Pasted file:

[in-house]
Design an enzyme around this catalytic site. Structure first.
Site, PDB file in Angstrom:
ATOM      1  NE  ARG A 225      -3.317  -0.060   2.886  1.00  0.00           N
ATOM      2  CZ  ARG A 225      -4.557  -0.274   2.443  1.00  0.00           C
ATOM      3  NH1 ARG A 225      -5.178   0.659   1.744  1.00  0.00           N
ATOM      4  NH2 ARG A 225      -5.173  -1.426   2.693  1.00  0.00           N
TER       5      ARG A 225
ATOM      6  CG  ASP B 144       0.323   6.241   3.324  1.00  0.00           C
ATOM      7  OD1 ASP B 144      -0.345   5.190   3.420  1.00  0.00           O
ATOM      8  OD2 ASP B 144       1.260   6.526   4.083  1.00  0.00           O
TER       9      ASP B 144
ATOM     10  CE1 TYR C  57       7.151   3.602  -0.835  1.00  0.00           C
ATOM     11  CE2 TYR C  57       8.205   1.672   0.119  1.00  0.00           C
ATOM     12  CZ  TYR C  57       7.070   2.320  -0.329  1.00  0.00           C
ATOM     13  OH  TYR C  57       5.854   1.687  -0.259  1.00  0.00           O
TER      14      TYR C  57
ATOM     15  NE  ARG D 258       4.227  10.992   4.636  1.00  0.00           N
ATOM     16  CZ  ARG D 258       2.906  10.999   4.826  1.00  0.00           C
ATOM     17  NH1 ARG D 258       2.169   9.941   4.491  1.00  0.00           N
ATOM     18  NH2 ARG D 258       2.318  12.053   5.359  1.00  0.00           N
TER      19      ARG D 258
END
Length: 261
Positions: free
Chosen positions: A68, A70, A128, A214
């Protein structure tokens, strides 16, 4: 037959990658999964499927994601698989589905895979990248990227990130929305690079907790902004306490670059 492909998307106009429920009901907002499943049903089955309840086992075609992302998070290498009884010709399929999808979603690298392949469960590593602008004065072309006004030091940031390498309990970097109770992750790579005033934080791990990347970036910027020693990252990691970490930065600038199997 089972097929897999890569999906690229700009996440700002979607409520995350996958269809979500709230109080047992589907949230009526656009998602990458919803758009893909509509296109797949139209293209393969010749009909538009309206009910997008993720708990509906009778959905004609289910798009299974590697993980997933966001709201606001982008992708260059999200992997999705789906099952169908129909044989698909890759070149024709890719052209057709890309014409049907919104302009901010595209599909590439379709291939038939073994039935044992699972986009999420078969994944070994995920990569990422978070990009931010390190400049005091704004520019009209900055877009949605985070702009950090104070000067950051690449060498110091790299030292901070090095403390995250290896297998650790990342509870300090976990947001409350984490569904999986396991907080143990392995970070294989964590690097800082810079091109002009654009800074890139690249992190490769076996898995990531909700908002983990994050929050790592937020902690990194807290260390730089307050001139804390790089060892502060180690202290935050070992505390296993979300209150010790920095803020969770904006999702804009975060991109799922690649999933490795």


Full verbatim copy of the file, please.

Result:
[in-house]
Design an enzyme around this catalytic site. Structure first.
Site, PDB file in Angstrom:
ATOM      1  NE  ARG A 225      -3.317  -0.060   2.886  1.00  0.00           N
ATOM      2  CZ  ARG A 225      -4.557  -0.274   2.443  1.00  0.00           C
ATOM      3  NH1 ARG A 225      -5.178   0.659   1.744  1.00  0.00           N
ATOM      4  NH2 ARG A 225      -5.173  -1.426   2.693  1.00  0.00           N
TER       5      ARG A 225
ATOM      6  CG  ASP B 144       0.323   6.241   3.324  1.00  0.00           C
ATOM      7  OD1 ASP B 144      -0.345   5.190   3.420  1.00  0.00           O
ATOM      8  OD2 ASP B 144       1.260   6.526   4.083  1.00  0.00           O
TER       9      ASP B 144
ATOM     10  CE1 TYR C  57       7.151   3.602  -0.835  1.00  0.00           C
ATOM     11  CE2 TYR C  57       8.205   1.672   0.119  1.00  0.00           C
ATOM     12  CZ  TYR C  57       7.070   2.320  -0.329  1.00  0.00           C
ATOM     13  OH  TYR C  57       5.854   1.687  -0.259  1.00  0.00           O
TER      14      TYR C  57
ATOM     15  NE  ARG D 258       4.227  10.992   4.636  1.00  0.00           N
ATOM     16  CZ  ARG D 258       2.906  10.999   4.826  1.00  0.00           C
ATOM     17  NH1 ARG D 258       2.169   9.941   4.491  1.00  0.00           N
ATOM     18  NH2 ARG D 258       2.318  12.053   5.359  1.00  0.00           N
TER      19      ARG D 258
END
Length: 261
Positions: free
Chosen positions: A68, A70, A128, A214
């Protein structure tokens, strides 16, 4: 037959990658999964499927994601698989589905895979990248990227990130929305690079907790902004306490670059 492909998307106009429920009901907002499943049903089955309840086992075609992302998070290498009884010709399929999808979603690298392949469960590593602008004065072309006004030091940031390498309990970097109770992750790579005033934080791990990347970036910027020693990252990691970490930065600038199997 089972097929897999890569999906690229700009996440700002979607409520995350996958269809979500709230109080047992589907949230009526656009998602990458919803758009893909509509296109797949139209293209393969010749009909538009309206009910997008993720708990509906009778959905004609289910798009299974590697993980997933966001709201606001982008992708260059999200992997999705789906099952169908129909044989698909890759070149024709890719052209057709890309014409049907919104302009901010595209599909590439379709291939038939073994039935044992699972986009999420078969994944070994995920990569990422978070990009931010390190400049005091704004520019009209900055877009949605985070702009950090104070000067950051690449060498110091790299030292901070090095403390995250290896297998650790990342509870300090976990947001409350984490569904999986396991907080143990392995970070294989964590690097800082810079091109002009654009800074890139690249992190490769076996898995990531909700908002983990994050929050790592937020902690990194807290260390730089307050001139804390790089060892502060180690202290935050070992505390296993979300209150010790920095803020969770904006999702804009975060991109799922690649999933490795």